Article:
Hewlett-Packard contract expected to save university millions on desktops, laptops
Units at the university now can order desktop and laptop computers through a strategic contract with Hewlett-Packard (HP).
The contract, which is an integral component of the university's IT Rationalization and Strategic Sourcing Initiatives, is expected to save the institution nearly $6 million annually while offering the university a standardized selection of laptop and desktop computers. The ordering process for Apple computers is not impacted in any way by the HP strategic contract.
"Strategic sourcing involves establishing agreements with vendors that provide aggressive pricing on a wide variety of quality products and services in return for a commitment from the university to meet specific volume targets," says Nancy Hobbs, director of procurement services.
Hobbs went on to say that a cross-functional team that represented about 75 percent of annual expenditures on desktops and laptops evaluated proposals from a number of computer companies and tested a variety of products and configurations.
The team, which was led by Information and Technology Services and Procurement Services, included representation from the College of Engineering, LSA, the Medical School, the Institute for Social Research, the School of Dentistry and Medical Center Information Technology. Team members determined that HP could meet the university's diverse desktop and laptop needs, while saving the institution millions of dollars.
"This team did an exemplary job of carefully analyzing the computing needs of our faculty and staff while considering a number of proposals from computer companies," Hobbs says. "The team's collaborative approach included testing equipment, meeting with vendors, defining specifications, and gathering feedback from colleagues across the university. The evaluation process undertaken by this team was extremely thorough and resulted in the selection of a computer supplier that understands, and will be able to meet, the computing needs of our faculty and staff."
"As a world-class research university, U-M needs to be smart, disciplined and strategic about its IT expenditures," adds Laura Patterson, chief information officer. "This transition to HP is part of a long-term strategy to spend money more wisely on the technology we currently use, and invest in the next generation of technologies that will better support U-M in the future."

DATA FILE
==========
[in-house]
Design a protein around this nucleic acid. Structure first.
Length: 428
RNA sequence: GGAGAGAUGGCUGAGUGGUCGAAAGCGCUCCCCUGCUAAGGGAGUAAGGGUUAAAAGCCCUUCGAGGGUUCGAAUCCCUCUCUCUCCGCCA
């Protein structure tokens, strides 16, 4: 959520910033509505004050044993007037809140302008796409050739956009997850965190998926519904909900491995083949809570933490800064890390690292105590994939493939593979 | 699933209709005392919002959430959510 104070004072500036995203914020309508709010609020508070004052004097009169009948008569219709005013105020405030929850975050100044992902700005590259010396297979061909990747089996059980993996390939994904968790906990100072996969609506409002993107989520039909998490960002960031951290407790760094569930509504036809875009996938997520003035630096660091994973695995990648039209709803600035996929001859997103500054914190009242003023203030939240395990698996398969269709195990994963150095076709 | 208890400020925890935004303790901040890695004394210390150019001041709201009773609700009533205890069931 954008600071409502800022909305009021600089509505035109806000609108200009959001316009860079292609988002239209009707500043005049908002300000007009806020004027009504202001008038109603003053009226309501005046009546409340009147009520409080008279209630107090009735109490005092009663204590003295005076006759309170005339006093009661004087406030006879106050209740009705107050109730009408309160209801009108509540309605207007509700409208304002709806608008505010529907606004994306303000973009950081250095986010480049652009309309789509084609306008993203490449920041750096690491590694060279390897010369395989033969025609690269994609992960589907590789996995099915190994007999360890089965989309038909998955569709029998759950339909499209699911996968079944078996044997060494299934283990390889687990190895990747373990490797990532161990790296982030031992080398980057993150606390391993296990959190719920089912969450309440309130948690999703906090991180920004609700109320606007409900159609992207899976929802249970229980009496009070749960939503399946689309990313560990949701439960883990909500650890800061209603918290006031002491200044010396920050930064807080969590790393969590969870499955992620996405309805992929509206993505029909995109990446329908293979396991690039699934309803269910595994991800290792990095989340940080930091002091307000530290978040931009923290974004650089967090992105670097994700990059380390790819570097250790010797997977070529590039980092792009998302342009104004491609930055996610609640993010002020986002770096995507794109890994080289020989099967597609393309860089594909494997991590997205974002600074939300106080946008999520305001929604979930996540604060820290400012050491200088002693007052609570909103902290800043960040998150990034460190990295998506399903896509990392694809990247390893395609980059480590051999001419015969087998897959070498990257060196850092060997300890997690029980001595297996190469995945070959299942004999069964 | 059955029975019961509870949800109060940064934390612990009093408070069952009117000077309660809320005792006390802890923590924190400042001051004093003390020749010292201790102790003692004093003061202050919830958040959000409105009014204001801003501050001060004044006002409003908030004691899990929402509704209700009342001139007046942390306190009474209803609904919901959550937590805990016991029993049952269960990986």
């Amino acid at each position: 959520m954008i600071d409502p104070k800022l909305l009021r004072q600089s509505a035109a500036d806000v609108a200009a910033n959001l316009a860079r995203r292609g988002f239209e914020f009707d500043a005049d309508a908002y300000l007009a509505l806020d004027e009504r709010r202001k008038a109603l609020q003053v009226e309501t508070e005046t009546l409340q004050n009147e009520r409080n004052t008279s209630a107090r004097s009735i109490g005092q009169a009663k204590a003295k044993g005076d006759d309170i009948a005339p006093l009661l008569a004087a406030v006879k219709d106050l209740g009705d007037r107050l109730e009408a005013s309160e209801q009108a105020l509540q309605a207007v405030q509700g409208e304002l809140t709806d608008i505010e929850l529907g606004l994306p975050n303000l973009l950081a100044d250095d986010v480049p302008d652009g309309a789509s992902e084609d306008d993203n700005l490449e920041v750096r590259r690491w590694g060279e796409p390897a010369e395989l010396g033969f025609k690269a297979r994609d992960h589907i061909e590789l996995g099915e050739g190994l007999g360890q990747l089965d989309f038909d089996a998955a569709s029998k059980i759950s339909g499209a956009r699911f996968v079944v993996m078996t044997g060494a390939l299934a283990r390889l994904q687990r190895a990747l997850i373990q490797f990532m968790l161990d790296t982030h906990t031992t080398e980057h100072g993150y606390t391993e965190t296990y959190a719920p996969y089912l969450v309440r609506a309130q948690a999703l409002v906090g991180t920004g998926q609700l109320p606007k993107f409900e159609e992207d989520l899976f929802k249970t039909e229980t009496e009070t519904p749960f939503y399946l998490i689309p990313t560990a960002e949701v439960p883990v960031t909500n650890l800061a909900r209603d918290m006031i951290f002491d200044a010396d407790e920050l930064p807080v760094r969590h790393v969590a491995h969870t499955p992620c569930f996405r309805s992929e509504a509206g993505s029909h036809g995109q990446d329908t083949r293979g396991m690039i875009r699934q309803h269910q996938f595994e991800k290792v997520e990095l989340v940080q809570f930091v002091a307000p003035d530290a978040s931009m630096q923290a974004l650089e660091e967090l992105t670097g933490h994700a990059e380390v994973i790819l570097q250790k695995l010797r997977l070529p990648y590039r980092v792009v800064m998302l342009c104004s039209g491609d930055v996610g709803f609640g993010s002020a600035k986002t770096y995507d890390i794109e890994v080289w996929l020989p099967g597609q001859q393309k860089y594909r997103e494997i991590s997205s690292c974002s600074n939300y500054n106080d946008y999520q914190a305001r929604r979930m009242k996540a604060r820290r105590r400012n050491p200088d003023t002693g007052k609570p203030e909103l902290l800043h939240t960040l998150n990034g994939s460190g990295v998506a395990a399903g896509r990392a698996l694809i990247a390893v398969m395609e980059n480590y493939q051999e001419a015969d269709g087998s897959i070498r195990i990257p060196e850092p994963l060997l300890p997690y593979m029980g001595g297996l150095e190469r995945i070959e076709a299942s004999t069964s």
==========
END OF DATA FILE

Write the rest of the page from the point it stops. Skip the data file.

Outreach efforts already are under way across the university to help units learn how to use the HP contract. In addition, as part of Procurement Services' commitment to ensuring a seamless transition to HP, set-up and configuration training on HP desktops and laptops will be offered to IT staff across the university over the next several weeks.
"The university's success in achieving the expected savings relies on a commitment from units to using the HP contract and we encourage them to take advantage of this special pricing to help support the university's ongoing efforts to contain costs," Hobbs says. "We do understand there will be exceptions from time to time and a process is in place to accommodate these special circumstances."
Hobbs also notes that Procurement Services recently reorganized into commodity-based teams to more efficiently help units in all phases of the purchasing process and remain a center of expertise on negotiations, ultimately resulting in better terms, pricing and lower risks for the institution.